Now the government is hoping the others pay up.
“It is unlikely that a public company with substantial market value and access to capital markets will be able to make the required certification in good faith, and such a company should be prepared to demonstrate to Small Business Administration, upon request, the basis for its certification,” according to the Treasury guidance released Thursday. ” … Any borrower that applied for a PPP loan prior to the issuance of this guidance and repays the loan in full by May 7, 2020, will be deemed by SBA to have made the required certification in good faith.”
In other words, the Treasury wants its money back.
And later that day, Ruth’s Chris said it would oblige.
“We intended to repay this loan in adherence with government guidelines, but as we learned more about the funding limitations of the program and the unintended impact, we have decided to accelerate that repayment,” Cheryl Henry, Ruth’s Hospitality president and CEO said in an emailed statement to CNN Business. “We remain dedicated to protecting our hardworking team. It is our hope that these funds are loaned to another company to protect their employees, just as we intended.”
They included restaurant chains, energy companies, CBD firms and real estate investment trusts.
The original SBA guidelines weren’t specific enough to target actual small businesses, allowing larger companies to legally swoop in and claim the loans, said economist Richard Prisinzano, director of policy analysis at the Penn Wharton Budget Model, a fiscal policy research initiative out of the University of Pennsylvania’s business school.
“One, I think it’s a definition problem,” Prisinzano said. “Two, I don’t think the bill was really targeted at the small guys.”
People hear “small business” and think of the mom-and-pop shop down on Main Street; but by US Small Business Administration standards and the terms of the PPP, the vast majority of American businesses now are considered to be small enterprises, he said.
“Funds from any canceled loans will be returned to the PPP program,” Shannon Giles, an SBA spokesperson said in an emailed statement to CNN Business. In the event that a loan is canceled after the PPP funds expired last Thursday, those funds cannot be used until Congress reauthorizes additional funds for the program as to not violate the Anti Deficiency Act.”
Some of the public companies that received the loans told CNN Business that their situations warrant the federal assistance.
“Even though we’re a public company, we’re not a big company,” said Joseph Dowling, chief executive officer of CV Sciences, a San Diego-based company specializing in hemp-derived, CBD-based pharmaceuticals and consumer products. “We understood the guidelines to be for smaller companies like us.”
He added: “Not every public company has the same access to capital.”
“We’re like everybody else, we’re affected by this,” Dowling said. “We’re a little bit dependent upon brick-and-mortar retailers who are dependent upon customers.”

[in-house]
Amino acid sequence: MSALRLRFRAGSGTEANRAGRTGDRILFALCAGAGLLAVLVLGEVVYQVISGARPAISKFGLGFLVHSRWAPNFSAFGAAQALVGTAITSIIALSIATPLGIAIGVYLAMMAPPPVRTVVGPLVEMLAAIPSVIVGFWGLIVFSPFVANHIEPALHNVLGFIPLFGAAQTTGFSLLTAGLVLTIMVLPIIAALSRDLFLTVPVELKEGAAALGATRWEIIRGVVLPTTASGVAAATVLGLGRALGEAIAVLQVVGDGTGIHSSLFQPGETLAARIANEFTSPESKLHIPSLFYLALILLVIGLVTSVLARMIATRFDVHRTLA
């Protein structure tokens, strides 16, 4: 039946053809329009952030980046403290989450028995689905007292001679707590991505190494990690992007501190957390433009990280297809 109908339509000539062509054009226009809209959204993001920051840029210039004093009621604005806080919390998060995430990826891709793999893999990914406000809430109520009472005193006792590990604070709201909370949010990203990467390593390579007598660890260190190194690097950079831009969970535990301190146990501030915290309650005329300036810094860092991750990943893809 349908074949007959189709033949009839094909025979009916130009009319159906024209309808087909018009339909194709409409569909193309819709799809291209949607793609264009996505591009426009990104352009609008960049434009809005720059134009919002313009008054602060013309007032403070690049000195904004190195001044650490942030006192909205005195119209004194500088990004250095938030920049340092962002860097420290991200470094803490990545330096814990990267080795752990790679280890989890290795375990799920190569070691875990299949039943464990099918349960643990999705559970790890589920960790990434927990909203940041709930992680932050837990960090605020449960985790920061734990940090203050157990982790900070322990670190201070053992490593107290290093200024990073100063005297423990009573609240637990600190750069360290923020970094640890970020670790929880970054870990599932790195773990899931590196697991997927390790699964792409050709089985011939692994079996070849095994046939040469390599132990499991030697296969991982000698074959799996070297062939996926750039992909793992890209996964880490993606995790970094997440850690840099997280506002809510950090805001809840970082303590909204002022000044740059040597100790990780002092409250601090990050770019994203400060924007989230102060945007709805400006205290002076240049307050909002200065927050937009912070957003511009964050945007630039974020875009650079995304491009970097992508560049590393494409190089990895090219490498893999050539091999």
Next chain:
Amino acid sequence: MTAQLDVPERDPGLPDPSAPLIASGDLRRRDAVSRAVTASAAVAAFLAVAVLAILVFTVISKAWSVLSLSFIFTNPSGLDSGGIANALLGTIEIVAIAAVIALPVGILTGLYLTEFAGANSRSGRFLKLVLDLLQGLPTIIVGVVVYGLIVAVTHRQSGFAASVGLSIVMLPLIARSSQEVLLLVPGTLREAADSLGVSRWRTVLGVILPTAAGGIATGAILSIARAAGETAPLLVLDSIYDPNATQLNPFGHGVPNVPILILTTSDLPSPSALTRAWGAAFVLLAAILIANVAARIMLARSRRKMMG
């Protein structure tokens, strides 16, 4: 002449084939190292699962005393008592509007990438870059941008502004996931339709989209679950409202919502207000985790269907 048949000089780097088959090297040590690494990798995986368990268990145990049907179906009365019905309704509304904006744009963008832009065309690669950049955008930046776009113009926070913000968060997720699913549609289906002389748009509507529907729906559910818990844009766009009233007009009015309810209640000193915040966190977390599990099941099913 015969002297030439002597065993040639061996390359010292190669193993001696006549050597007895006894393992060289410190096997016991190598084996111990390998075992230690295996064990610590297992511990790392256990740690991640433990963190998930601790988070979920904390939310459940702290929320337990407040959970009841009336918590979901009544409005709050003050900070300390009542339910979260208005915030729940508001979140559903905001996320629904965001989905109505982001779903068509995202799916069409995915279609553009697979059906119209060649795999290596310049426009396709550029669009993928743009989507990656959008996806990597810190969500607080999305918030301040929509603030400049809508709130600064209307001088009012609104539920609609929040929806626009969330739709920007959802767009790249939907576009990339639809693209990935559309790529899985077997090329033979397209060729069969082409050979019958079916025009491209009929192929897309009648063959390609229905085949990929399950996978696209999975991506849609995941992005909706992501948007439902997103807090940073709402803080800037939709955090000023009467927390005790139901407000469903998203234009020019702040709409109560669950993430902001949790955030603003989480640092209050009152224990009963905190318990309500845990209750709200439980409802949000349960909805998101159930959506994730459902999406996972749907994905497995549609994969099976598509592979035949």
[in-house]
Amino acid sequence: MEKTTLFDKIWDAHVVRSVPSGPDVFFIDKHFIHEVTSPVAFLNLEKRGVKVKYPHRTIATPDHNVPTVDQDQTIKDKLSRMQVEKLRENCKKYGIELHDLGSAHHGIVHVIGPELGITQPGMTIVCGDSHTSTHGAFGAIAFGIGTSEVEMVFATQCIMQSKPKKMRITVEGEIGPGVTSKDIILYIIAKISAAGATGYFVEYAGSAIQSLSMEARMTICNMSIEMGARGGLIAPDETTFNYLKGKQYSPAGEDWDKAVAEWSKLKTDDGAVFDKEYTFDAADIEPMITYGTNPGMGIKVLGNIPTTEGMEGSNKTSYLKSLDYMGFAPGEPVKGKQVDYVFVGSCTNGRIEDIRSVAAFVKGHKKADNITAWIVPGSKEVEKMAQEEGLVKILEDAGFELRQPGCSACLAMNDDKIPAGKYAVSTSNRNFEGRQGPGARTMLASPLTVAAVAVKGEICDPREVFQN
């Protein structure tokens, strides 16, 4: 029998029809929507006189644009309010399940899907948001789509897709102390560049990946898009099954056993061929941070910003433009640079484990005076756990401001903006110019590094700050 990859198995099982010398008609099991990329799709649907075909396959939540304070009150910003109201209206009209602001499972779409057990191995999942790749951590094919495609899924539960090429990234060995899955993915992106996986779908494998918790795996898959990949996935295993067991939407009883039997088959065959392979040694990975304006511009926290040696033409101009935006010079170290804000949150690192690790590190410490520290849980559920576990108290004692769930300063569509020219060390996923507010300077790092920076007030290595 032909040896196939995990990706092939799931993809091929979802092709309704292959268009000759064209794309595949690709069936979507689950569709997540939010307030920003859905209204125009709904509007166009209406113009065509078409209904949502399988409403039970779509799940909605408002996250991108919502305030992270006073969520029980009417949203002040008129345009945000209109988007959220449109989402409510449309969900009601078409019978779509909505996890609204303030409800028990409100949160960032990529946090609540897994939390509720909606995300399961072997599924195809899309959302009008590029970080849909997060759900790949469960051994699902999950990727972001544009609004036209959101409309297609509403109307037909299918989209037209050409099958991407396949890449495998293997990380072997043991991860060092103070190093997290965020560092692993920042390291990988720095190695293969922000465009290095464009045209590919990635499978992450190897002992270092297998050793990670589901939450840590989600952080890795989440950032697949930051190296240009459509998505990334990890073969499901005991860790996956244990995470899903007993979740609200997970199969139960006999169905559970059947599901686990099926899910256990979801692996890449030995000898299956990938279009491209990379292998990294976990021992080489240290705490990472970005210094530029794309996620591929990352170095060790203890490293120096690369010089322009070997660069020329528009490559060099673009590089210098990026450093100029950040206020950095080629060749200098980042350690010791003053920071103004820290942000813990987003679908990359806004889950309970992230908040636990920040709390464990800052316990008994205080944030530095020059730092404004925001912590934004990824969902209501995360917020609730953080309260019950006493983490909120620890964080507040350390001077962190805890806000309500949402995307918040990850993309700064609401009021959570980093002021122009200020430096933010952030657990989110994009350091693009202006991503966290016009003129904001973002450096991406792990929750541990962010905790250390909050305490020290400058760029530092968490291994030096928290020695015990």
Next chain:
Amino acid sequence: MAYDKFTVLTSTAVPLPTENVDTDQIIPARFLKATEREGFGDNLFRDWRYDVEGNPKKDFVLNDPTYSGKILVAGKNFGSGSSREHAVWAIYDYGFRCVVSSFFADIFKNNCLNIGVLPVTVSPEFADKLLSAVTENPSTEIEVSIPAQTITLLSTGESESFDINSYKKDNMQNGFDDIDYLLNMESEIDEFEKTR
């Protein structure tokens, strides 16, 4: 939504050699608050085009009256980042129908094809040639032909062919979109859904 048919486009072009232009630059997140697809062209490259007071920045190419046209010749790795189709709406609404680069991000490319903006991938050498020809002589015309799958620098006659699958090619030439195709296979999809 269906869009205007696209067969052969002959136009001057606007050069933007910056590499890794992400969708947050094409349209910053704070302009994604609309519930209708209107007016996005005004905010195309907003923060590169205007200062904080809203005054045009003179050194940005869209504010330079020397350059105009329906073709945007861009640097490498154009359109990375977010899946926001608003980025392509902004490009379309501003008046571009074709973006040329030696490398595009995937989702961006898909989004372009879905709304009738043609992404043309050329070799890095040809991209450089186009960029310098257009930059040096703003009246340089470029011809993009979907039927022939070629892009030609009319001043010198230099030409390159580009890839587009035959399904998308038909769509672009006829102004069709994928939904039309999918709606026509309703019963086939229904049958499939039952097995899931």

In a response to a request for interview and questions from CNN Business on Wednesday, an Ashford spokesperson said only that the company has “very few” avenues to access capital.
“The PPP program was specifically designed for companies with fewer than 500 employees per location that are in NAICS Code 72, such as hotel and restaurant chains since many, such as Ashford, don’t qualify for the Main Street Lending program,” Jordan Jennings, an Ashford spokesperson wrote.
But when choosing to apply for these loans, the larger and publicly traded companies are walking a line between what is legal and what is ethical, said Chris Allieri, founder and principal of branding and public relations firm Mulberry & Astor.
“If you are not a small business, you better not touch this thing; this is going to be toxic if you do,” he said. “If you’re in that mix, you’re basically seen as going head to head with small businesses, and that’s as un-American as it gets.”
Some public companies made the point to state they weren’t taking PPP loans.
“The SBA provisions of the CARES Act appears to us to be designed to help small businesses and their employees,” Laurie Schalow, Chipotle’s chief corporate reputation officer, said in an emailed response to a CNN Business query. “Our business is different, and we have managed it in a way so that we can support our employees financially even with today’s uncertainties and hope to be able to do so in the future as well.”
Customer-facing brands, such as restaurant chains like Ruth’s Chris and Shake Shack, likely will bear the brunt of consumer backlash, Allieri said, adding that their reputation could be tarnished once Covid-19 stay-in-place orders are lifted.
“I think that we’re going to see this ‘buy local,’ and this real commitment to independent restaurants like we never saw before,” he said. “I think that this is going to push that even further.”
Correction: This article was updated to reflect that the Treasury guidance about the Payment Protection Program was issued Thursday.